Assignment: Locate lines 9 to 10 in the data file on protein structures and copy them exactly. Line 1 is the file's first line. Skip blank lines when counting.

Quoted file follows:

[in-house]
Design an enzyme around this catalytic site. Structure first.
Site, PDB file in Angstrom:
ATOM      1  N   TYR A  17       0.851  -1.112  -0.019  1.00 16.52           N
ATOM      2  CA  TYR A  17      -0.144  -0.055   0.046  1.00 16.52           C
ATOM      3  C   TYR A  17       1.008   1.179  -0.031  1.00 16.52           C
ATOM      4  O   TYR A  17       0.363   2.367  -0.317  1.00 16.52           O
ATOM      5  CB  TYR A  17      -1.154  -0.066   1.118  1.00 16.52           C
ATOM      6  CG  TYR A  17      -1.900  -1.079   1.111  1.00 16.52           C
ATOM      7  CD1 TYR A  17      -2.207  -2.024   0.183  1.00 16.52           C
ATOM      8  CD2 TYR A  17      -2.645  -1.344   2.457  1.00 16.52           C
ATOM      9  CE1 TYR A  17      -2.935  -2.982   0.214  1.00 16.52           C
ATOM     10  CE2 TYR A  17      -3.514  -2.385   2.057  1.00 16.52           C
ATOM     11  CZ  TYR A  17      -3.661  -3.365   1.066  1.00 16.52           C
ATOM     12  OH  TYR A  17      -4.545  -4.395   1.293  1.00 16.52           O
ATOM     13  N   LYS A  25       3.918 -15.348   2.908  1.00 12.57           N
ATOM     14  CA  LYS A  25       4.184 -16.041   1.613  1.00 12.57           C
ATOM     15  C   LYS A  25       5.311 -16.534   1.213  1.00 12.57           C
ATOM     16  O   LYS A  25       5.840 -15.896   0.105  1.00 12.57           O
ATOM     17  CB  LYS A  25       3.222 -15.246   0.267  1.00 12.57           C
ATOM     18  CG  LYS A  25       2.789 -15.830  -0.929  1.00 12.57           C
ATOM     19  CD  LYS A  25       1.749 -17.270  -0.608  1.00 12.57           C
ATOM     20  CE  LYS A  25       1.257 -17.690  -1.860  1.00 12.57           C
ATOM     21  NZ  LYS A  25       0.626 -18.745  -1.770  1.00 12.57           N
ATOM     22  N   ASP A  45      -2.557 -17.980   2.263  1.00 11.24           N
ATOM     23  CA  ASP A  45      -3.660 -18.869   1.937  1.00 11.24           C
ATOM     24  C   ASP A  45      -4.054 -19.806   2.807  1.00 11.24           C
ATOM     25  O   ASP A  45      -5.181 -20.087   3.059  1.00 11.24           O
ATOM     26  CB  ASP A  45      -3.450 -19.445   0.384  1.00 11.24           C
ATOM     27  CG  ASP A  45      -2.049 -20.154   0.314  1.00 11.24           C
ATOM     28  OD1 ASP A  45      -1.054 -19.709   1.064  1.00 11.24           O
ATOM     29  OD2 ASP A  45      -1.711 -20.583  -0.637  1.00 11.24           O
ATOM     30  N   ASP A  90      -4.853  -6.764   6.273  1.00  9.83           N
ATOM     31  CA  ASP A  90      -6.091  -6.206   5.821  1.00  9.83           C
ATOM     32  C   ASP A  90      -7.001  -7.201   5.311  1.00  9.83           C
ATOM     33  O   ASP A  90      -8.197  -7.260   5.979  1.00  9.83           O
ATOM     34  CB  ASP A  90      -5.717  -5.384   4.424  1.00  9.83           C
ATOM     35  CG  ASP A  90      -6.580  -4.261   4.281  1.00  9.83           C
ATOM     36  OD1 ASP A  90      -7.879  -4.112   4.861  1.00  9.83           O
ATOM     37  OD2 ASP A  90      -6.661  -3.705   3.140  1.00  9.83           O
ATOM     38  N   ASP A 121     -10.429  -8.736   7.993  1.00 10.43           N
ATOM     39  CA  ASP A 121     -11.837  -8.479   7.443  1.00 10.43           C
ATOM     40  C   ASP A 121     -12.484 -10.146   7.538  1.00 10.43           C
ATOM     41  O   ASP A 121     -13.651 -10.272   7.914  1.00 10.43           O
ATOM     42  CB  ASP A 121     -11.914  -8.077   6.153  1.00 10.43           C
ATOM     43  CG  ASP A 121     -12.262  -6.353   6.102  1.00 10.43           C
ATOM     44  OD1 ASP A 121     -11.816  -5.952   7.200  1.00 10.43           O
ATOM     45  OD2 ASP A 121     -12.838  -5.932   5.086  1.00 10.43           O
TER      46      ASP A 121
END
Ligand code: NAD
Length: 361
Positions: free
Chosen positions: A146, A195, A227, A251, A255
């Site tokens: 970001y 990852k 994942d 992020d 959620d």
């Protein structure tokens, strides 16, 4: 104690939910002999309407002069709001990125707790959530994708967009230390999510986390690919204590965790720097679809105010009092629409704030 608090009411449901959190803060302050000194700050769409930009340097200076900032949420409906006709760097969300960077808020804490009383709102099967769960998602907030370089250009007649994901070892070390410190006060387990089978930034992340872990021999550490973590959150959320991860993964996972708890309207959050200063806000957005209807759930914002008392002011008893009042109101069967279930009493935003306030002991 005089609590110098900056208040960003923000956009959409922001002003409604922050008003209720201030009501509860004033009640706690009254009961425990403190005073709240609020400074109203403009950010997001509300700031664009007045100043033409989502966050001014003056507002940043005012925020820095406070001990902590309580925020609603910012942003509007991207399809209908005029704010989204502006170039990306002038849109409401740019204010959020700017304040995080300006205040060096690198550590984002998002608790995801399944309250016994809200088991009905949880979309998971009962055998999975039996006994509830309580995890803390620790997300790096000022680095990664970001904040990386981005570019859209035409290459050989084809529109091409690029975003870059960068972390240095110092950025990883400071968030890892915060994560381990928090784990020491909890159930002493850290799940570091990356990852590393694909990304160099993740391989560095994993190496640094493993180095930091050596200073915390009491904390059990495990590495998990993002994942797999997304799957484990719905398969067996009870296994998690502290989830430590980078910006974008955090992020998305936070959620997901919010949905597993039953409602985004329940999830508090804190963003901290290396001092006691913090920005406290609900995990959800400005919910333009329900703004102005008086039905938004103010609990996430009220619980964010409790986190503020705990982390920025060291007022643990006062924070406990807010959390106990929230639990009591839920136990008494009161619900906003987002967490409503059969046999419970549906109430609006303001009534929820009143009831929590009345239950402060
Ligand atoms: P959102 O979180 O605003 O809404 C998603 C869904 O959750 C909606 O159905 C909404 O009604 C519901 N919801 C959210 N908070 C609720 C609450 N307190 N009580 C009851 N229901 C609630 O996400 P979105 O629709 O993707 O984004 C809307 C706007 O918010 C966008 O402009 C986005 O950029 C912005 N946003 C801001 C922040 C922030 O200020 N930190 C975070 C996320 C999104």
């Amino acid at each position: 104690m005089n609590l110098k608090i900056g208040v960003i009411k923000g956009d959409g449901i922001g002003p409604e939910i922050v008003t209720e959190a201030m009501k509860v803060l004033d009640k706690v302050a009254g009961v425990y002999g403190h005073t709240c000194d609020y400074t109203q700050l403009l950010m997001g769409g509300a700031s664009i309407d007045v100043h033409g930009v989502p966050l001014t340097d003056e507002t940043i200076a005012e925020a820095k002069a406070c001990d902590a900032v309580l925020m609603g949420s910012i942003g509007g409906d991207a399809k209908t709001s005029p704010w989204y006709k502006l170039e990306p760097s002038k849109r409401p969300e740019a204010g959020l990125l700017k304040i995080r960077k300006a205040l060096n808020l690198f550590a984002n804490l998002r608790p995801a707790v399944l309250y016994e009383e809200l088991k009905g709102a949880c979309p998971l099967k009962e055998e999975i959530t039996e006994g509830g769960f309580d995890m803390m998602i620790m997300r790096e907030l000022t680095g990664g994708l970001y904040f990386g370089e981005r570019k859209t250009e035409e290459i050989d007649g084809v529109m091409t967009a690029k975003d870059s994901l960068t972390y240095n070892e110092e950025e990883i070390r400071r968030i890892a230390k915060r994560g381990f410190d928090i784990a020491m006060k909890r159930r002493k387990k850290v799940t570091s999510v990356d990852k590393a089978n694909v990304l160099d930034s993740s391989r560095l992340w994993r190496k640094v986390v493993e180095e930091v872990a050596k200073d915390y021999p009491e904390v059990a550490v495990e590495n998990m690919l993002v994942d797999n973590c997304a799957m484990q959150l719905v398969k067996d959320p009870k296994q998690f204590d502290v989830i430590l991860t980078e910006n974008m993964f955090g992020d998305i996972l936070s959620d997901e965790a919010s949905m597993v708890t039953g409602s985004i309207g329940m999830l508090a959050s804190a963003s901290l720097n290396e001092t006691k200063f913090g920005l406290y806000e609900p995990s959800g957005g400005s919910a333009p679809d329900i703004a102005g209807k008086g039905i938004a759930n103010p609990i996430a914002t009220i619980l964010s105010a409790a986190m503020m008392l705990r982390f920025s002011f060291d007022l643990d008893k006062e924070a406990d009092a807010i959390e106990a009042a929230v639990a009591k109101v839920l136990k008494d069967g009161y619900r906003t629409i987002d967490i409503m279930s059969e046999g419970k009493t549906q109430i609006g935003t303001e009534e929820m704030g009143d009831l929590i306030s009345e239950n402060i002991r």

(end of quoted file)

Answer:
ATOM      6  CG  TYR A  17      -1.900  -1.079   1.111  1.00 16.52           C
ATOM      7  CD1 TYR A  17      -2.207  -2.024   0.183  1.00 16.52           C